Two-million-year old DNA from northern Greenland has pushed back the genetic record by 1 million years to a time when the Arctic region was 50-65 degrees warmer, and home to abundant wildlife – including mastodons, lemmings and geese, The Guardian reports.
According to researchers from the University of Cambridge and University of Coppenhagen, the northern peninsula of Greenland – which is now a polar desert – once contained boreal forests of popular and birch trees that were teeming with wildlife.
“A new chapter spanning 1m extra years of history has finally been opened and for the first time we can look directly at the DNA of a past ecosystem that far back in time,” said the researchers, Prof. Eske Willerslev, adding “DNA can degrade quickly but we’ve shown that under the right circumstances, we can now go back further in time than anyone could have dared imagine.”
Willerslev added that similar techniques could someday be used to uncover insights into the first humans and their ancestors.
Willerslev and colleagues worked for 16 years on the project, which resulted in the DNA of 41 samples found hidden in clay and quartz being sequenced and identified. The ancient DNA samples were found buried deep in the Kap København Formation, a sediment deposit almost 100 metres thick that built up over 20,000 years. The sediment, tucked in the mouth of a fjord in the Arctic Ocean in Greenland’s northernmost point, was eventually preserved in ice or permafrost and lay undisturbed by humans for 2m years.
Extracting and analysing the DNA was a painstaking process that involved piecing together tiny fragments of genetic material that first needed to be detached from clay and quartz sediment. It was only the advent of a new generation of DNA sequencing techniques that allowed the scientists to identify and piece together extremely small and damaged fragments of DNA, through referencing extensive libraries of DNA collected from present-day animals, plants and microorganisms. -The Guardian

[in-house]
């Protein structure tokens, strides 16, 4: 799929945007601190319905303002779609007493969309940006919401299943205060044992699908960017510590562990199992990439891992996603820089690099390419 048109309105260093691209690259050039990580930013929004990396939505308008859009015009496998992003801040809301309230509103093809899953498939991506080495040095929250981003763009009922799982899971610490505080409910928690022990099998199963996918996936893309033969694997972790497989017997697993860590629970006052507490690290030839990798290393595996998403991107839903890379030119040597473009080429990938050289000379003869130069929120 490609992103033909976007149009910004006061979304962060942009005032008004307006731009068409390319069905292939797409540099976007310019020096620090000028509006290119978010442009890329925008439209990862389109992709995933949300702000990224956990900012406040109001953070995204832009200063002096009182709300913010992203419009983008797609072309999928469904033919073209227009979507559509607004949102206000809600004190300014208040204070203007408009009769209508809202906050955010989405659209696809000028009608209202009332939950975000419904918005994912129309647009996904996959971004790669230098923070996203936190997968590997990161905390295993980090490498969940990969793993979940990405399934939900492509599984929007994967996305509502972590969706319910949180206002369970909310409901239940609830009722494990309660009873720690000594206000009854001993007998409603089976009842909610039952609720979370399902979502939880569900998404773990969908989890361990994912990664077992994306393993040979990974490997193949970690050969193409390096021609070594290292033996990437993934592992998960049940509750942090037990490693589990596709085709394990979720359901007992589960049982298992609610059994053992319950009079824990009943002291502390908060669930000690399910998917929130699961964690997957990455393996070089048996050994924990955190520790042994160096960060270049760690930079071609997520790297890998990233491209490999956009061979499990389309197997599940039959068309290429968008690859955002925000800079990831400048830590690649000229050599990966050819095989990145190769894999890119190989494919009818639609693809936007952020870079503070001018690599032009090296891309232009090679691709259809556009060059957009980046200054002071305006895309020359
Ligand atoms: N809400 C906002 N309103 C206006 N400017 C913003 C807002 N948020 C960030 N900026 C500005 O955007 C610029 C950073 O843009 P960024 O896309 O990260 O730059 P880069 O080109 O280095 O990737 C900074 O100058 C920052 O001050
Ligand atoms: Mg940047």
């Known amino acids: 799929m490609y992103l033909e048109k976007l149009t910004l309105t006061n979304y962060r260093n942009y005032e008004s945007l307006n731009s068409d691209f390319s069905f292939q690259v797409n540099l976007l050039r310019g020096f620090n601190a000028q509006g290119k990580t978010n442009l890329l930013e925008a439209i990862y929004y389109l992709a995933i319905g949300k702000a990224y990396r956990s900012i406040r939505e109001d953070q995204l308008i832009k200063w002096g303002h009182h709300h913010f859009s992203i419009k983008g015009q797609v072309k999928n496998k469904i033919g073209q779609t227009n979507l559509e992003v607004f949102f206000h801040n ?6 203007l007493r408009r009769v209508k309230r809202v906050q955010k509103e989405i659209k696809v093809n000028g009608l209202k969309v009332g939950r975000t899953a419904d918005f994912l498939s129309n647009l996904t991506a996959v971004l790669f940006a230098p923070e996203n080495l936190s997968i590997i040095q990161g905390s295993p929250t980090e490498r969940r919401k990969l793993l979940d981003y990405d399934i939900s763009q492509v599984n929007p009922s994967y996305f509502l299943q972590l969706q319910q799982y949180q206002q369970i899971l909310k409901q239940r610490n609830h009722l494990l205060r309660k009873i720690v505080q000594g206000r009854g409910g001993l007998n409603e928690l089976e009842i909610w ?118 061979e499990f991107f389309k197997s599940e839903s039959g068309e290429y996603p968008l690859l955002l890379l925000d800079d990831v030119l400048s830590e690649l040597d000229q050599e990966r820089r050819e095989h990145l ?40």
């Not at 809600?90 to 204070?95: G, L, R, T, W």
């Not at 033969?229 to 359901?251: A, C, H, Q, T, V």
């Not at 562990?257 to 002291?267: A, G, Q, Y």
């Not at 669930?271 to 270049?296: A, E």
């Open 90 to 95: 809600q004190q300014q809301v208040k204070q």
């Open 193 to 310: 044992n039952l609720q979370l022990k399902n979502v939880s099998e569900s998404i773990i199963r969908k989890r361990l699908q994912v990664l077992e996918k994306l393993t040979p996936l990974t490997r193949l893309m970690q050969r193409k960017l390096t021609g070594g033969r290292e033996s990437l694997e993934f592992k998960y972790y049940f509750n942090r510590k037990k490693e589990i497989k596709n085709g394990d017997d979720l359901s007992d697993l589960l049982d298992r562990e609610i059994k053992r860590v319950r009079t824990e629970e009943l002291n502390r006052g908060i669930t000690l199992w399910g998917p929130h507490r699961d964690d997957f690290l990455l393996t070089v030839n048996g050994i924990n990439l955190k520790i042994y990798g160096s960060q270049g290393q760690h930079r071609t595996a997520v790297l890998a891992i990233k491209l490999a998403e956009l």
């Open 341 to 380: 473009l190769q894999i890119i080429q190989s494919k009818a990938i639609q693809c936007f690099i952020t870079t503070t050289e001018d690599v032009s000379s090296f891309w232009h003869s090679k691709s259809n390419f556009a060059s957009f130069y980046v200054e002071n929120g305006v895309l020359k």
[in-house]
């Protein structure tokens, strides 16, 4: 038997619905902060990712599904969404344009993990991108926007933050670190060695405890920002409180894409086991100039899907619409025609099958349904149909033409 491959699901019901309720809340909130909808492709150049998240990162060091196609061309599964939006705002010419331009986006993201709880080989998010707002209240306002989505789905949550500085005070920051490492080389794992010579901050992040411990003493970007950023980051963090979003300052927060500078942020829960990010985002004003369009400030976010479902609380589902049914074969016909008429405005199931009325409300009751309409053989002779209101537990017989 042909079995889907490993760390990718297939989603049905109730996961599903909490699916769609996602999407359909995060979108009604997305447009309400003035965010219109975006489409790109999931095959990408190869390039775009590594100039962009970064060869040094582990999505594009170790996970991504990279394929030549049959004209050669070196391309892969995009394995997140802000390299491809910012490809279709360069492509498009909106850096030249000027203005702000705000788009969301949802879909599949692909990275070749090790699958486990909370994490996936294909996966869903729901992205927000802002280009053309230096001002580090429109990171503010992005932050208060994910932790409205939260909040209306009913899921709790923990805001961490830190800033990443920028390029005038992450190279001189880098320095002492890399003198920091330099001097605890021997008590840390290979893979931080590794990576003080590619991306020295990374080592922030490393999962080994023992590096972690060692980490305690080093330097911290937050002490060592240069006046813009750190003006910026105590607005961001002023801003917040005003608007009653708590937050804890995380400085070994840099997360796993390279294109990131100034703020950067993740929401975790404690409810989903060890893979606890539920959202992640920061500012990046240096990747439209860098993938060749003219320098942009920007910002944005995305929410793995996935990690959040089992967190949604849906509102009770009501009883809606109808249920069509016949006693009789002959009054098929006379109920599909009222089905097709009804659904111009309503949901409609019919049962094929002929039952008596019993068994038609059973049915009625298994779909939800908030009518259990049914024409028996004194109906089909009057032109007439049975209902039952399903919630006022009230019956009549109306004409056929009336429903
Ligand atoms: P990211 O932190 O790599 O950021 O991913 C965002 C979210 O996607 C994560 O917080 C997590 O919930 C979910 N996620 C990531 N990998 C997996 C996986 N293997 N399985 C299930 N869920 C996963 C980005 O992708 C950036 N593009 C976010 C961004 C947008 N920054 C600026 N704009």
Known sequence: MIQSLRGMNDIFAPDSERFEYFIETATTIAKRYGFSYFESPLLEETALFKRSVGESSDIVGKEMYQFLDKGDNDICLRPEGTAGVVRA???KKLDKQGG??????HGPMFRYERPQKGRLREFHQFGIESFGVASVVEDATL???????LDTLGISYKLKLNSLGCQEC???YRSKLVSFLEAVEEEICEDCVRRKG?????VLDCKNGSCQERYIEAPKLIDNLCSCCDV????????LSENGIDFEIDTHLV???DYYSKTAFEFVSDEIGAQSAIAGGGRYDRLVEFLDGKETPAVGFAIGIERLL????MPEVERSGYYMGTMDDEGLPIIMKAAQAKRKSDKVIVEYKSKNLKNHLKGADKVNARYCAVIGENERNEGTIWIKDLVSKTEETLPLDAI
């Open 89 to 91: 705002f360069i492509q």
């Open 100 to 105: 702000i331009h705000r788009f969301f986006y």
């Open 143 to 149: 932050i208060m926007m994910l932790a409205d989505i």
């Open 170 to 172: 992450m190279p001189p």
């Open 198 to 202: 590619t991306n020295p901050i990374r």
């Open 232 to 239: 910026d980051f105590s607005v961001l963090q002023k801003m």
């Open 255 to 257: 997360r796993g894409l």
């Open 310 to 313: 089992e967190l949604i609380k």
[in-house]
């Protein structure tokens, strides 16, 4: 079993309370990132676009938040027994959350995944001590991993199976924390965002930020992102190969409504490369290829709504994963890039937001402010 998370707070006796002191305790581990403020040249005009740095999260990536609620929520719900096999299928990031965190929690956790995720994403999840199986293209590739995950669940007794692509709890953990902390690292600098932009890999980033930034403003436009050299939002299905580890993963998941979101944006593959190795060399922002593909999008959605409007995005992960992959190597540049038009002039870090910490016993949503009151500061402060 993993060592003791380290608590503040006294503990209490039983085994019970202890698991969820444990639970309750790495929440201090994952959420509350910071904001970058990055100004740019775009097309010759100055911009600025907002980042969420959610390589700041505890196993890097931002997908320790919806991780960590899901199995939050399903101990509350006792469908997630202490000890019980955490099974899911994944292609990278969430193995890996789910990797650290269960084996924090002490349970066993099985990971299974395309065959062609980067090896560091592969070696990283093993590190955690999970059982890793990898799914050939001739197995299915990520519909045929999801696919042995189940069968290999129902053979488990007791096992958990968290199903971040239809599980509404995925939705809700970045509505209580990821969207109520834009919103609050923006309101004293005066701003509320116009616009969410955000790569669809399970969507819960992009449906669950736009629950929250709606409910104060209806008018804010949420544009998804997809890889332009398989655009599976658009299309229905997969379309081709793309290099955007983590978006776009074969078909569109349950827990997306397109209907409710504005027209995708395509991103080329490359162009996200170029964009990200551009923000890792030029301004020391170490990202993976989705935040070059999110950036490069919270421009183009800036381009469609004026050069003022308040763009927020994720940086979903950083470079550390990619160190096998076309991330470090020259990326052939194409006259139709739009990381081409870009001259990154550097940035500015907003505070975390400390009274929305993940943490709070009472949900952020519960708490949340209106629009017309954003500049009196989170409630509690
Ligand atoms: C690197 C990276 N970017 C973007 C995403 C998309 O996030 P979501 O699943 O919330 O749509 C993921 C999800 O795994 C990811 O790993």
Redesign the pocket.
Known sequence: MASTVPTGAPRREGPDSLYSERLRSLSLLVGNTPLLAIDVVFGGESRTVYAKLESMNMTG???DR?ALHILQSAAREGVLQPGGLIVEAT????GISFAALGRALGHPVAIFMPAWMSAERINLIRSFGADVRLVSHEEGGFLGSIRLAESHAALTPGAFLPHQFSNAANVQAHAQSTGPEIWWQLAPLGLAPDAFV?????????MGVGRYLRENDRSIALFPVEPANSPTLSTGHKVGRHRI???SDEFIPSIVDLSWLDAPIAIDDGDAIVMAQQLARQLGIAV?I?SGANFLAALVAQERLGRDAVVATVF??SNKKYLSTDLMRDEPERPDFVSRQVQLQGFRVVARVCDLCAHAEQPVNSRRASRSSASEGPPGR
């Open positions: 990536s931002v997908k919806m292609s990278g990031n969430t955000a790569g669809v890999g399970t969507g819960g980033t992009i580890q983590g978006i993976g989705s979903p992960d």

Once they pieced together the fragments, a picture emerged of forests teeming with reindeer, rabbits, lemmings and mastodons – the latter of which have previously only been found in North and Central America.
No carnivores were found, most likely because they were fewer in number, however the researchers speculated that there were likely ancient sabre-toothed tigers, wolves or bears.
“We don’t know what was there, but probably something that ate mastodons and reindeers,” said the authors, adding that it’s encouraging that these species have been able to thrive so far north in a region that would have still been cast into darkness for much of the winter due to its location.
“The data suggests that more species can evolve and adapt to wildly varying temperatures than previously thought,” said Dr Mikkel Pedersen, of the Lundbeck Foundation GeoGenetics Centre at the University of Copenhagen and co-first author.